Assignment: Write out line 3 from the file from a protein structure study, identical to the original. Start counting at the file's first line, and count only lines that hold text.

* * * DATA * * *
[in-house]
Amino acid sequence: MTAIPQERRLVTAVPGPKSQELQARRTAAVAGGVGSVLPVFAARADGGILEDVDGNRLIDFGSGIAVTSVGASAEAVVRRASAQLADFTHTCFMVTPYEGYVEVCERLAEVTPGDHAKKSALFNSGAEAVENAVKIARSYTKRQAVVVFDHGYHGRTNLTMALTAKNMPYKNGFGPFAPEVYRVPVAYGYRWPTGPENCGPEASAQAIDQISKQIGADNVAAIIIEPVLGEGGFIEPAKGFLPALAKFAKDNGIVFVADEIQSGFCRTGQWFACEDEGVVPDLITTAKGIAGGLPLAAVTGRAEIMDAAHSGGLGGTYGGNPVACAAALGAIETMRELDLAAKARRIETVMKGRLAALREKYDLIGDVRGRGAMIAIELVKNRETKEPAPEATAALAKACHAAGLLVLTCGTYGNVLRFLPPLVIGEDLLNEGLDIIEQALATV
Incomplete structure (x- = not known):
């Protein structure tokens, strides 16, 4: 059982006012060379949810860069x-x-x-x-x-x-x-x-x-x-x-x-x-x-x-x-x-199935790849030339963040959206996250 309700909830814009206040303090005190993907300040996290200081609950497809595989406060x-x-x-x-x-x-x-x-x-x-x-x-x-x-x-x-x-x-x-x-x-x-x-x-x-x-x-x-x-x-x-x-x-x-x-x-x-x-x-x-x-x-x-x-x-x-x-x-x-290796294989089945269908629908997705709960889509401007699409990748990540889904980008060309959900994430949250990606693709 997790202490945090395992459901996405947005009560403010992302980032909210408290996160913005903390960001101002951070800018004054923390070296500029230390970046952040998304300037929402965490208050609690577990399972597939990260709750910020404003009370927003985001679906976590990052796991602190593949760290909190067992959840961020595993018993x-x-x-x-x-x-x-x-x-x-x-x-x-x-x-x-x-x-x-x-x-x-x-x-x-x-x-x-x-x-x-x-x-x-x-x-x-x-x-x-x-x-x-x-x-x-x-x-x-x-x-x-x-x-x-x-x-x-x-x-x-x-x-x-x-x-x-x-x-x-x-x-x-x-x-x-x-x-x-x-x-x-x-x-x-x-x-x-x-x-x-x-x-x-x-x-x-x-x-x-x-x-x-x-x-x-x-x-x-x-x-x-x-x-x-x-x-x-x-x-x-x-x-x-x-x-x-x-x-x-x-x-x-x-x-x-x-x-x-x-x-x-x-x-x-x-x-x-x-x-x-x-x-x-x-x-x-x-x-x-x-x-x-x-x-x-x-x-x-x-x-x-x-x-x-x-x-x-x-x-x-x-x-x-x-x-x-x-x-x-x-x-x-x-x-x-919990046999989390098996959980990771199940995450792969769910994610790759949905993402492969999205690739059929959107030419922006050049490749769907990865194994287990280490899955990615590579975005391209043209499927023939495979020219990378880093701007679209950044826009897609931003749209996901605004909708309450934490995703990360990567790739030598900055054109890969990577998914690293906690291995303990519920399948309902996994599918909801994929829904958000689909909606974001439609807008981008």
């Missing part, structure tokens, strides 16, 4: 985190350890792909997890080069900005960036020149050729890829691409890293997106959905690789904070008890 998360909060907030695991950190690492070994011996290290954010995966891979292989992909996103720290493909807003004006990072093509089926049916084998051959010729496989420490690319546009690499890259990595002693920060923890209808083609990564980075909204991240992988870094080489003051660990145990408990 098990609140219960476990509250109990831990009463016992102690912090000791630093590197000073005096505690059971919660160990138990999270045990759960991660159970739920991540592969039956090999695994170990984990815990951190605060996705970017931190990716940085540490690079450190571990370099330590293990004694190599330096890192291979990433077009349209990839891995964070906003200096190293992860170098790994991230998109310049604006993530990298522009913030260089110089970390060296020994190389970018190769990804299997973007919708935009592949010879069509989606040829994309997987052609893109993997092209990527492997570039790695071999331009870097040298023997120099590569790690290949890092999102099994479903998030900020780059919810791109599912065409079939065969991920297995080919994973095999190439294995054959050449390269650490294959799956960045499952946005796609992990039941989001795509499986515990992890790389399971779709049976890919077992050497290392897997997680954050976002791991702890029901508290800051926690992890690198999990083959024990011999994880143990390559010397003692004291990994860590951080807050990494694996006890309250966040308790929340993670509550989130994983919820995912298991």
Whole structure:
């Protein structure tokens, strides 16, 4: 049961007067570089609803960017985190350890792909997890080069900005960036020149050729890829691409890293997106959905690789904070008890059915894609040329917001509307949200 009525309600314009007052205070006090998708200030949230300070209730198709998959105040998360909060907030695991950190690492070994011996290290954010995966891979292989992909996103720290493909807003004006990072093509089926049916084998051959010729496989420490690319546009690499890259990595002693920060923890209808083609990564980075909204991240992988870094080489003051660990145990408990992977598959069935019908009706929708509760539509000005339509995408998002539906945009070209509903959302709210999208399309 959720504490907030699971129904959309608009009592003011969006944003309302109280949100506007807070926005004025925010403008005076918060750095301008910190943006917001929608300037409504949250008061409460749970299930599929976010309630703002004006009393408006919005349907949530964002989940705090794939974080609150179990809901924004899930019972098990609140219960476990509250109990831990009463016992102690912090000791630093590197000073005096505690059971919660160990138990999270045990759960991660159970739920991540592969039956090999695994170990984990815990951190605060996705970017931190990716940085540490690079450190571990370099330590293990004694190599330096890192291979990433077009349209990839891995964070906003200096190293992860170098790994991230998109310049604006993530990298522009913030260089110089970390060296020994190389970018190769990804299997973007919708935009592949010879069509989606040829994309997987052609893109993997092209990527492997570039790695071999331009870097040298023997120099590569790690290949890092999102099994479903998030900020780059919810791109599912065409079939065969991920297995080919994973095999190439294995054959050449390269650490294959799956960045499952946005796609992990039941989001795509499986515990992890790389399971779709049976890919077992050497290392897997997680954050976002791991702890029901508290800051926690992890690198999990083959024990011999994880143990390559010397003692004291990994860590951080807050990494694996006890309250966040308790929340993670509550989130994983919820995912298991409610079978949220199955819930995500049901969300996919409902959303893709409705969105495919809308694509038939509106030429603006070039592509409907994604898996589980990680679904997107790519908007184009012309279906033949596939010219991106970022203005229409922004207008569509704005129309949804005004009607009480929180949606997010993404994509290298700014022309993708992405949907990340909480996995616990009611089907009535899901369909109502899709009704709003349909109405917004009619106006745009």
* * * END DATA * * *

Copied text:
Incomplete structure (x- = not known):